- There is more than enough room for a couple fingers to fit under the band
A bra may be too small if:
- The breasts are coming out of the cup
- There is not enough room for 2 fingers to fit under the band
- The underwire of the bra digs into the skin
- The straps dig into the shoulders
An Introduction to Bra Styles
There have been incredible changes in bra size, color, shape, styles, and material in recent years. Here we have provided a bra guide below so you and your young person know what is available and to help them decide which bra may be best to fit their needs. And if they prefer to not wear a bra at all, that is their choice too, and we support it!
Guide to Popular Bra Styles
Training Bra: Usually a pull-over, stretchable cotton fabric that allows room for growth. They are made to be comfortable and do not have wires, pads, or hooks on the band.
Bralette: A simple bra usually with thin straps and without wires or cups. Straps can be racerback, halter style, or across both shoulders. This bra does not offer much support, but is usually seamless, meaning no visible bra lines, and is great for comfort or for a first bra choice.
Sports Bra: Gives some compression to lessen movement during physical activity. Sports bras come in light, medium, and high impact so that support is increased if performing a sport that requires a lot of movement, like running. They come in a variety of styles, including racerback and halter, so choose the sports bra most appropriate for the activity.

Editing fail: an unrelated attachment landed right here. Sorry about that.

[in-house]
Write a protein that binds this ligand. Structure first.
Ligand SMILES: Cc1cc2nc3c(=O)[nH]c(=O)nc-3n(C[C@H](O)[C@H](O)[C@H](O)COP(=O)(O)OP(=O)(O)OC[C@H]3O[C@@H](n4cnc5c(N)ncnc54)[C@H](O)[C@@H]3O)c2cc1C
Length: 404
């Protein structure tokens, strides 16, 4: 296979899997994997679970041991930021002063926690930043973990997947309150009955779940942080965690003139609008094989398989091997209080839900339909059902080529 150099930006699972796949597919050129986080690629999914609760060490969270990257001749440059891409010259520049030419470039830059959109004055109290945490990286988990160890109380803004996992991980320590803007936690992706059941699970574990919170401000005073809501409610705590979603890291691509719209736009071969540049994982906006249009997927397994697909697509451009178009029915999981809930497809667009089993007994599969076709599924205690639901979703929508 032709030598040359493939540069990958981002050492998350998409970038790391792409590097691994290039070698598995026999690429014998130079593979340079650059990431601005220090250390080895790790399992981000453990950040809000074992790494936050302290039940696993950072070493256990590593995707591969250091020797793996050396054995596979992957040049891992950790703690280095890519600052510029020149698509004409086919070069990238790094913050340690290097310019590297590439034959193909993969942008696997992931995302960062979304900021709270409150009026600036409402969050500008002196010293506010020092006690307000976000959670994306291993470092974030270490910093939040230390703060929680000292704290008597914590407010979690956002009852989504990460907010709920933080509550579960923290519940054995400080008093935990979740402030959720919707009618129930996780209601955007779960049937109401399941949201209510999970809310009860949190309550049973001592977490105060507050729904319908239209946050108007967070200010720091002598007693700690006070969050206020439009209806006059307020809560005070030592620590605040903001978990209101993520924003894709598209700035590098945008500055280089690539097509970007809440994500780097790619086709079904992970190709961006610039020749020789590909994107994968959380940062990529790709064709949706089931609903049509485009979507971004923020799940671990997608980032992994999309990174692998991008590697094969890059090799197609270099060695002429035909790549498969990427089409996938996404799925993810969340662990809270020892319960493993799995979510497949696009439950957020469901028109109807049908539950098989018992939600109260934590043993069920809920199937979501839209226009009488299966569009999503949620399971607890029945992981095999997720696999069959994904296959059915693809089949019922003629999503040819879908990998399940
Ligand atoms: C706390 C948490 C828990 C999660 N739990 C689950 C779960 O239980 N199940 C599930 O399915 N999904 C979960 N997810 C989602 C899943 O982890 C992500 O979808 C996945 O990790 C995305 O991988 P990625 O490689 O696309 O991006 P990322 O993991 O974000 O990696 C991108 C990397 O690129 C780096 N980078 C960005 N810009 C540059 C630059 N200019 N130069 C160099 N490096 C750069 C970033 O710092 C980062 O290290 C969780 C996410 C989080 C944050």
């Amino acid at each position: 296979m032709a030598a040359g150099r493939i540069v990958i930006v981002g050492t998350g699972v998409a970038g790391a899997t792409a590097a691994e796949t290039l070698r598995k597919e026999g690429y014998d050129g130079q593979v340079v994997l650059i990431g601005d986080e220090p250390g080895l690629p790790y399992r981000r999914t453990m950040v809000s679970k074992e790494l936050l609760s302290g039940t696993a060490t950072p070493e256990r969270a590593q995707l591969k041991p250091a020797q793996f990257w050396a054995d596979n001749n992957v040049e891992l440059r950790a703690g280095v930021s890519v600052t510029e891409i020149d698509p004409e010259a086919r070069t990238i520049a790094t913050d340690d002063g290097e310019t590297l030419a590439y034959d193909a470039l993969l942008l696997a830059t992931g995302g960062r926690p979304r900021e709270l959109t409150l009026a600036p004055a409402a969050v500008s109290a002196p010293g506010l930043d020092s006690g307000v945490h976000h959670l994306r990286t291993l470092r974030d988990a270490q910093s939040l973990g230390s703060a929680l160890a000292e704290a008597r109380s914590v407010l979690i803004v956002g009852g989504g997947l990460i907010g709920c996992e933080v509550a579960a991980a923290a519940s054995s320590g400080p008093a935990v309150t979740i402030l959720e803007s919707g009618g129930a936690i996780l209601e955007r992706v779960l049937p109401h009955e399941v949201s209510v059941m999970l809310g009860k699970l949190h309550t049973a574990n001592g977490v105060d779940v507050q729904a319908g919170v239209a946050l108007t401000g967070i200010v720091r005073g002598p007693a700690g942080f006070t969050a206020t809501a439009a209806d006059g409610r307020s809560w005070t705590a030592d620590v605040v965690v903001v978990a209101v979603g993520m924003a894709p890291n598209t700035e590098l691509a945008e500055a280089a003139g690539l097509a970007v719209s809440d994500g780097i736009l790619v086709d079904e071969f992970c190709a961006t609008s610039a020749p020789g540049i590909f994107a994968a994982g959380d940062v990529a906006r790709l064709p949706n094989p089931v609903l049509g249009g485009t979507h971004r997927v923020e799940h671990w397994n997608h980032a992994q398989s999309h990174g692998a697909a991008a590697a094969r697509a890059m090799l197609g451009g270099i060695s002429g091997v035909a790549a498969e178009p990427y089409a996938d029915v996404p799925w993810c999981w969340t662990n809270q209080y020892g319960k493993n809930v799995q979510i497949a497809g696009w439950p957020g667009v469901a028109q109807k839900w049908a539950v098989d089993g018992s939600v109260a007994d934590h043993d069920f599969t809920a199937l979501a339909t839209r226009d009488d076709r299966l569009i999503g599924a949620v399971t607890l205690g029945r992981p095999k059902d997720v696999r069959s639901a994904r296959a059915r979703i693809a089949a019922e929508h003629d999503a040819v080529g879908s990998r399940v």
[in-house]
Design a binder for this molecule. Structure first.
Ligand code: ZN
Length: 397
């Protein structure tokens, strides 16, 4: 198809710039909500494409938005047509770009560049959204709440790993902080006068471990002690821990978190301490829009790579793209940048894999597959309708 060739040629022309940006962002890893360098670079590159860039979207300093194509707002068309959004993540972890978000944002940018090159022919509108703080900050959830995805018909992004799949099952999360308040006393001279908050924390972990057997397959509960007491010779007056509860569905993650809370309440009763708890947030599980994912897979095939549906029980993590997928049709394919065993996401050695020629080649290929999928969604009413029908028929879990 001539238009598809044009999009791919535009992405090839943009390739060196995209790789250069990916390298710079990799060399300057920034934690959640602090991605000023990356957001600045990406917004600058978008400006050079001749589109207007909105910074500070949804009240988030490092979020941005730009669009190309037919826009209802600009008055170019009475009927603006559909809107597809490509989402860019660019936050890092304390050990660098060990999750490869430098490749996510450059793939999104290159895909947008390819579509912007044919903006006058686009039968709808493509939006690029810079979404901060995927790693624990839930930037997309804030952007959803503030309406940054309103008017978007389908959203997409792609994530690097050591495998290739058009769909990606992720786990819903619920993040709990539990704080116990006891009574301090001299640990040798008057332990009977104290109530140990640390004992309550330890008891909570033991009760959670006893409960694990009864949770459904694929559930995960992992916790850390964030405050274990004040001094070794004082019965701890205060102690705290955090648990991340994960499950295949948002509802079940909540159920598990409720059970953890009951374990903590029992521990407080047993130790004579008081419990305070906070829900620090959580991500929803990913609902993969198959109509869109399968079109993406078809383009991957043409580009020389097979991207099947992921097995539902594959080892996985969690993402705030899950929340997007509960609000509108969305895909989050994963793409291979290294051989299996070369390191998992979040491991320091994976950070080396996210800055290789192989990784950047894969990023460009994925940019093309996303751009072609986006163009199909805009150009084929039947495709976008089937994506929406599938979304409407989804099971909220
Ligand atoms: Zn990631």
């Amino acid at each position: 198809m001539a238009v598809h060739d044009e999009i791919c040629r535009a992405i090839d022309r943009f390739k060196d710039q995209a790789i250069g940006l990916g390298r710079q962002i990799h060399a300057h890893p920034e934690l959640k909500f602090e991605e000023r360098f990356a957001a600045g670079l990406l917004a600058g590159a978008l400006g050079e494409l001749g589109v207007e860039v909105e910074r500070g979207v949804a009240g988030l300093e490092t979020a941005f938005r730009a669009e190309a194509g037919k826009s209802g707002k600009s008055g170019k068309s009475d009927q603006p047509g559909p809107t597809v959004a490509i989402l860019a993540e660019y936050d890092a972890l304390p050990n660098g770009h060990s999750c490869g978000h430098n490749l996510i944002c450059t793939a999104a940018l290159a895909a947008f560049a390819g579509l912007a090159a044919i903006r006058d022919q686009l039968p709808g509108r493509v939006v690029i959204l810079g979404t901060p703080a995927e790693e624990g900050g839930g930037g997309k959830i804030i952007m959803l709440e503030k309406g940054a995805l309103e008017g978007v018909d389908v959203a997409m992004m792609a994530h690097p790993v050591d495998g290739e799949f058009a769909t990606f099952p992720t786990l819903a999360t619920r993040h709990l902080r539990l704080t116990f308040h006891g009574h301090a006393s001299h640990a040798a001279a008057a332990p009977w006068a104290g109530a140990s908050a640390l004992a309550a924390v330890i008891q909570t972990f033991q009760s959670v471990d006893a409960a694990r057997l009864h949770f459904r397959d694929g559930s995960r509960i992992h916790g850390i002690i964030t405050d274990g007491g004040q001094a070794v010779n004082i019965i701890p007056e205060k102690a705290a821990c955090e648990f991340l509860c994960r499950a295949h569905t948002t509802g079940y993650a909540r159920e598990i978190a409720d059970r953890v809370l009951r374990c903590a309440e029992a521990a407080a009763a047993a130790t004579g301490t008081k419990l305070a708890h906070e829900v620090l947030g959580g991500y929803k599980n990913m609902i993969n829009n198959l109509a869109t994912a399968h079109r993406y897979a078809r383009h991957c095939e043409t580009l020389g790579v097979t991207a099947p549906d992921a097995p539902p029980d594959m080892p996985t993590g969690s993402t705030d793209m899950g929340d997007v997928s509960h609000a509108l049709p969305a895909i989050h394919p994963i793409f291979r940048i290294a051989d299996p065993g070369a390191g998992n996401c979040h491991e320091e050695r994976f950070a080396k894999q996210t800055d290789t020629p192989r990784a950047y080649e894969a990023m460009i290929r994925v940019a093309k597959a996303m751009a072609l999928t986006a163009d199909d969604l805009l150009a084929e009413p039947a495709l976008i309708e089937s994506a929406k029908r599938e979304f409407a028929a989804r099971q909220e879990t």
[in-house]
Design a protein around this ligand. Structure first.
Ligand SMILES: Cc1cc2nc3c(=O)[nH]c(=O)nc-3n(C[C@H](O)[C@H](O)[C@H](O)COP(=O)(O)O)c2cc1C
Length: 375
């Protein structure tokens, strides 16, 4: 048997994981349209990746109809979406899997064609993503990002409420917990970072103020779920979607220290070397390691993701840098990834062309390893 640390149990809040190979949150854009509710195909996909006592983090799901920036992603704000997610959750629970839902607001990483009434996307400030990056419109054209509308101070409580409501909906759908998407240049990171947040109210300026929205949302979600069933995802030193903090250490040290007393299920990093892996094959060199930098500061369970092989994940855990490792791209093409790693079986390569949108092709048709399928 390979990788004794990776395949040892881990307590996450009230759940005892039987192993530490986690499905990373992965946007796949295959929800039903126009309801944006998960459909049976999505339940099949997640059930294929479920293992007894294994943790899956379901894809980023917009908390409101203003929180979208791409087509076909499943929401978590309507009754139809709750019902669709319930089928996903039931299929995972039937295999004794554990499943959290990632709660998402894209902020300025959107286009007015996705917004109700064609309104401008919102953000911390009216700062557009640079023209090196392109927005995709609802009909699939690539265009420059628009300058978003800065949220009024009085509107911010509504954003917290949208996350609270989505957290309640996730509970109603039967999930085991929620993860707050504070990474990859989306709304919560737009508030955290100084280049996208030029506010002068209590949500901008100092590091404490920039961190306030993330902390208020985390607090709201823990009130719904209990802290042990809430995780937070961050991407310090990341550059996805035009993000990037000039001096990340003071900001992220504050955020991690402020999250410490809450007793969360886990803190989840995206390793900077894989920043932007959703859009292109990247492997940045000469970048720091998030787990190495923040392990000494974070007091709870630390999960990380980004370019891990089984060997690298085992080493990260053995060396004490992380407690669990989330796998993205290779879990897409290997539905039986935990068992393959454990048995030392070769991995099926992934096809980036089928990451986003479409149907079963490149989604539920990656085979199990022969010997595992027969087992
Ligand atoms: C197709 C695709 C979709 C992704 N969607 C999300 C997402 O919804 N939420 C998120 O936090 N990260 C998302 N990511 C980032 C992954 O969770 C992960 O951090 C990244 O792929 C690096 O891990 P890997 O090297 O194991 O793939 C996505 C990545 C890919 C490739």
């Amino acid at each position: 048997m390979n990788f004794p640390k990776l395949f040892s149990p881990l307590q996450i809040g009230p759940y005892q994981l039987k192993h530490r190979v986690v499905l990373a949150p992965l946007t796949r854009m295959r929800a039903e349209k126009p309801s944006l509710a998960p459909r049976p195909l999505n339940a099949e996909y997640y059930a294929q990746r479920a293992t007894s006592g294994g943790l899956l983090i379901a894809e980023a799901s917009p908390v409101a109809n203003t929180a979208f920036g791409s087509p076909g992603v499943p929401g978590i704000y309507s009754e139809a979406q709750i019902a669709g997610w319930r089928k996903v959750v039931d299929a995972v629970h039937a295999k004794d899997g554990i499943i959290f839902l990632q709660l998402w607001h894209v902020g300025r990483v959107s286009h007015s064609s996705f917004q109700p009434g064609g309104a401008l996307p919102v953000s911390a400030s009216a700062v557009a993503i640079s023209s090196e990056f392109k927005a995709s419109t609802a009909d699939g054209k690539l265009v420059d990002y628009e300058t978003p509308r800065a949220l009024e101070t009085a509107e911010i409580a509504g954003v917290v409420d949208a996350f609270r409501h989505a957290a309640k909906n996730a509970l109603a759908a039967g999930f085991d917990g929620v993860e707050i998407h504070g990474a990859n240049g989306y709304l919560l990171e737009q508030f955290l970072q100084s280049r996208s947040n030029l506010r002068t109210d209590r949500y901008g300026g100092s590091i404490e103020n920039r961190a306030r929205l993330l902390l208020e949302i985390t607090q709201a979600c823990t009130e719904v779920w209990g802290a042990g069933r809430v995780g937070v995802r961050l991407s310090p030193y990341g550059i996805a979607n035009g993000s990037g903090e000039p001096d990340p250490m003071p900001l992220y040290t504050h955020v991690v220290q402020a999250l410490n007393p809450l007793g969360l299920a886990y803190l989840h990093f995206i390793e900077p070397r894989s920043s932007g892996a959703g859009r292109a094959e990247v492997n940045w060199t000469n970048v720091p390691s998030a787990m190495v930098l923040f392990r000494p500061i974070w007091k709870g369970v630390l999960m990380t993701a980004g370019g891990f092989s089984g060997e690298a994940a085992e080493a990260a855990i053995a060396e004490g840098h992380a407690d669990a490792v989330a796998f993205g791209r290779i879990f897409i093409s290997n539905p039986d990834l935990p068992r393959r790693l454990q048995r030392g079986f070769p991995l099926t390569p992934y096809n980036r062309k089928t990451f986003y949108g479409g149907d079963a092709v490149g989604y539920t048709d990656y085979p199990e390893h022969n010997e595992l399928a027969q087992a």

Tee-shirt Bra: a comfortable bra with molded cups that are usually seamless so that it can be worn under tee shirts for a discreet look. These bras come with underwire and no-underwire options.
Strapless Bra: Great for tops or dresses where straps should not show. Usually has an underwire and molded cups to keep breasts in place. If the bra does not have underwire and padding, it’s a bandeau bra, which can be pulled on like a tube top.
Seamless: These discreet bras provide support without the visible lines and sometimes clasps of a bra.
Racerback: These tanks or bras have a Y or a V in the back to provide additional support and allow for diversification of style.
Halter top style: These straps follow the lines of shirts, tops, and dresses with a halter style.
Built-in bra: Tank tops can come with a built-in bra inside (padded or not padded). These are great to wear as an all-in-one, especially on summer days.
Stick-on: These are stick-on pieces that cover the breast only and do not have a band. Best worn with something that exposes the shoulders, is backless, or to cover just the nipples.
Push Up Bra: A padded bra that gives the breast a boost up and in. This reveals more of the top of the breast and cleavage. Light padding is suggested for a “first” bra.
Full coverage bra: These bras provide a broader base of support with more fabric surrounding the breast and a sturdy underwire that supports a larger and fuller breast. These come with a variety of strap styles — racerback, halter, and more — providing different levels of support and coverage.
No Bra: Who says you need a bra? People with breasts may choose to forgo traditional views. If you want to feel natural and free, the choice is yours!
We hope this has broadened your thoughts on all things “bra” related, and that you feel more knowledgeable and confident when helping your young person navigate this chapter in their life. Remember, there is no one right answer here, choosing what makes them feel comfortable and positive is the goal!